Meantime in the east in the battered city of Bakhmut, the head of the Russian mercenary group says Wagner has now taken all of Eastern Bakhmut as the Ukrainian military acknowledges Russian forces are still advancing. This as NATO Secretary General says he can't rule out that Bakhmut may eventually fall in the coming days.

And CNN's Salma Abdelaziz is following developments for us. She joins us live from London. Good morning to you, Salma. So, what more are you learning about today's Russian missile strikes across parts of Ukraine?

SALMA ABDELAZIZ, CNN CORRESPONDENT: So, people across Ukraine today waking up to yet another barrage of Russian missiles striking seven different regions, Rosemary. Officials there in Ukraine telling us that they're attacking energy facilities, that energy facilities have been struck leaving Kyiv, the capital 15 percent of it without electricity, without power. But also, residential areas are being struck as well.

We understand in Kyiv alone, there has been several deaths. And I have to point out that one of the areas that's been struck is Lviv. That is very significant, Rosemary. That's all the way in the west near the border with pull into place. It's absolutely considered a safe haven. A safe space, it's a place actually where displaced families have been sheltering, have been staying thinking that that's an area where they are safe.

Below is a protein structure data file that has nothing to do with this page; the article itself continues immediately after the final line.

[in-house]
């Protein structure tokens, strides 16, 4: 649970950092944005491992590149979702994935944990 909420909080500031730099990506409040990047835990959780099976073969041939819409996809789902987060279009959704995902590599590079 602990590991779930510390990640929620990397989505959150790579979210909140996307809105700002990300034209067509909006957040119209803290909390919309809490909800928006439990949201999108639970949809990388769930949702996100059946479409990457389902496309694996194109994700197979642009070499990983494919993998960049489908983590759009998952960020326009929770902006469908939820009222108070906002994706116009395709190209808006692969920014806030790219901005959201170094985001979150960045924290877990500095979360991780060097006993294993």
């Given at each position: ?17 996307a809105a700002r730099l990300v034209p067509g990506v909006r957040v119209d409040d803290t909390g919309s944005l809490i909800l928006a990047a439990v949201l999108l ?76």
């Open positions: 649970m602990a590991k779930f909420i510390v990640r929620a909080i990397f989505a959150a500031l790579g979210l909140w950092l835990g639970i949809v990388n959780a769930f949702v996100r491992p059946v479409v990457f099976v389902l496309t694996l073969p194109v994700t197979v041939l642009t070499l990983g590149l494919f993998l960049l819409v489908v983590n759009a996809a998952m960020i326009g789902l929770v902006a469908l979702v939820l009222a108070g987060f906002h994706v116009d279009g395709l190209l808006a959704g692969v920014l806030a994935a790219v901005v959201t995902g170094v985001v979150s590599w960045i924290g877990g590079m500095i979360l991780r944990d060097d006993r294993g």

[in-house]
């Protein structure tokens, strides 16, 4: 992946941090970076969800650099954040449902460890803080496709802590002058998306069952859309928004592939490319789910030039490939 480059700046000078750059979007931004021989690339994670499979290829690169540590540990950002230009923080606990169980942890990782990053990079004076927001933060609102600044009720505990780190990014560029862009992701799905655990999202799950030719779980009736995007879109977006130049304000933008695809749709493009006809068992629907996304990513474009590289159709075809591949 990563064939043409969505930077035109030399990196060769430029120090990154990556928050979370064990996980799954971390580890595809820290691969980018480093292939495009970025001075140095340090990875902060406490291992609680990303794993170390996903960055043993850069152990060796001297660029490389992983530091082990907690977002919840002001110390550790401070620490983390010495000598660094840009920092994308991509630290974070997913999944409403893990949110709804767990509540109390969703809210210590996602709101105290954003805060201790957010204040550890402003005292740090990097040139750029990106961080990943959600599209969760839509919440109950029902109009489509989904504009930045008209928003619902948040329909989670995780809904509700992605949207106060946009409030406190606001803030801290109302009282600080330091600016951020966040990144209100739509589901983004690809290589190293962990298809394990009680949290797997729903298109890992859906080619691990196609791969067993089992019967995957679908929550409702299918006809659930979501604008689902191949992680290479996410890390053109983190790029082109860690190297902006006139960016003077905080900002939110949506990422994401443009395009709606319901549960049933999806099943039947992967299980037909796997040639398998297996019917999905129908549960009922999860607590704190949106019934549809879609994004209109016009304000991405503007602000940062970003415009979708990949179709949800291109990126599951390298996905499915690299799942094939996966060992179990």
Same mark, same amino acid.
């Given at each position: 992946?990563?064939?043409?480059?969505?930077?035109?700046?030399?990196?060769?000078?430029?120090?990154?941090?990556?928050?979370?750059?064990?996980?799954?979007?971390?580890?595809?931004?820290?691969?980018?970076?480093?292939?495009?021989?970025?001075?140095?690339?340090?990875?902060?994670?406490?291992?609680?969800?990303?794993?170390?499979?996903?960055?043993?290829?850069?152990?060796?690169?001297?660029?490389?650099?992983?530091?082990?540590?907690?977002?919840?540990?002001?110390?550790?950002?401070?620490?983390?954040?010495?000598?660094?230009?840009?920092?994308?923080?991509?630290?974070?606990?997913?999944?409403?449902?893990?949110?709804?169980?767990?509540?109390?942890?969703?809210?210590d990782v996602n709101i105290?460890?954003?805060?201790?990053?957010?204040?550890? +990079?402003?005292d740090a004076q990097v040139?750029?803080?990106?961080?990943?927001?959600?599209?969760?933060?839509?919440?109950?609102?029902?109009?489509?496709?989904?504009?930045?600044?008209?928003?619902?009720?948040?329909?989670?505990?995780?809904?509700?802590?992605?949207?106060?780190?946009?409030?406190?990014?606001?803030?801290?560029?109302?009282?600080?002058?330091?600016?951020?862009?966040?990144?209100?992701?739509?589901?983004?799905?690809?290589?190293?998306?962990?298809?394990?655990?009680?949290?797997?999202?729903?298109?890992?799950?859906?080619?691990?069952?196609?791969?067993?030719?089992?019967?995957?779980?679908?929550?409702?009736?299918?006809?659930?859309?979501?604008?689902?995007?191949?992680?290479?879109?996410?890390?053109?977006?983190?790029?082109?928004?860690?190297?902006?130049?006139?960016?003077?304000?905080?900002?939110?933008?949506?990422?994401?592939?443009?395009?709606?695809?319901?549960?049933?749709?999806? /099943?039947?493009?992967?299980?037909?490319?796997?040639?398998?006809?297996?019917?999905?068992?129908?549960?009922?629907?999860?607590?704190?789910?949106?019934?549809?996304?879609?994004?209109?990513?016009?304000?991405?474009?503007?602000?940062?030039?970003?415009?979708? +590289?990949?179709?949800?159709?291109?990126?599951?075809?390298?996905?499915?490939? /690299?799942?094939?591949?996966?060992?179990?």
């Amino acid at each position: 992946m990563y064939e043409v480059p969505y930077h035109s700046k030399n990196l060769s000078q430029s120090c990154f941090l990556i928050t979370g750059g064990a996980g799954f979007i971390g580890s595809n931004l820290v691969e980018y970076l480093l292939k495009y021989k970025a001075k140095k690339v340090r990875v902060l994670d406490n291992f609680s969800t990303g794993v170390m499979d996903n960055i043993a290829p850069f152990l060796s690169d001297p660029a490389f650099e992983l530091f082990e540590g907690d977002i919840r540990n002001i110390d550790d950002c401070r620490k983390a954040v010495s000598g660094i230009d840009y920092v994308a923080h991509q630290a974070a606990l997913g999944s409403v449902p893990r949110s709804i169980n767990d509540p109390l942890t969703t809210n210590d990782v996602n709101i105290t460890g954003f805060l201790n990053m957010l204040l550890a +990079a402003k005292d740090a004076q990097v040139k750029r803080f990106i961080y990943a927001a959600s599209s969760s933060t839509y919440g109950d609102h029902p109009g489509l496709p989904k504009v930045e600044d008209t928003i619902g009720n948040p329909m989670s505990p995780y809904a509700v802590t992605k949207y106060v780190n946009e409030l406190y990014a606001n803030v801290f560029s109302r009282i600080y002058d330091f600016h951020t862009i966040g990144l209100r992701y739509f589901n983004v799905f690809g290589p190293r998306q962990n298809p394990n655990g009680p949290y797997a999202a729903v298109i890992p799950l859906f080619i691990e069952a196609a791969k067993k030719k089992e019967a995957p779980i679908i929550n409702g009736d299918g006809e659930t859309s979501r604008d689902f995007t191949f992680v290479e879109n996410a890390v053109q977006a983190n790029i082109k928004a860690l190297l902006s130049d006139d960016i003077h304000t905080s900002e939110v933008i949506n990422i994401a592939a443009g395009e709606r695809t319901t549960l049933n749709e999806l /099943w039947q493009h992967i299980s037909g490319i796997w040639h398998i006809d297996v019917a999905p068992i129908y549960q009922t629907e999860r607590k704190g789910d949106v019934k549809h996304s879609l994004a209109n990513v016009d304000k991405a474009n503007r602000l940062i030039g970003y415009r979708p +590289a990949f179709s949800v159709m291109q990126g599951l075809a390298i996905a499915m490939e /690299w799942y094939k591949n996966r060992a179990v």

We're hearing now from Ukrainian officials that at least four people have been killed this morning after a residential area in that city of Lviv all the way in the west of the country, again, was struck. Now, again, this just happened in the early hours of this morning, this barrage of missiles around 630 this morning, local time. So, we're still gathering information on what's taking place.

But we already have these images that you're playing out for our viewers to see of the plumes of smoke looming over the capital Kyiv. The other sounds that you here, they are of exclusion. So, a really terrifying morning for residents. And we have had some relative quiet, if you will, particularly when it comes to the capital Kyiv. And of course, Lviv all the way in the west of the country in the last days and weeks.

So, this is significant. But it also was a continuation of a strategy we've seen up from the Kremlin which is first, of course, to target energy facilities that's happened time and time again, trying to leave people in cities and towns across the country far from the front lines without electricity, without running water, without power, essentially increasing the cost of this conflict. But we're going to stay tuned and continue to try to provide you with more updates as this plays out on the ground, Rosemary.

CHURCH: All right. Salma Abdelaziz joining us live from London. Many thanks.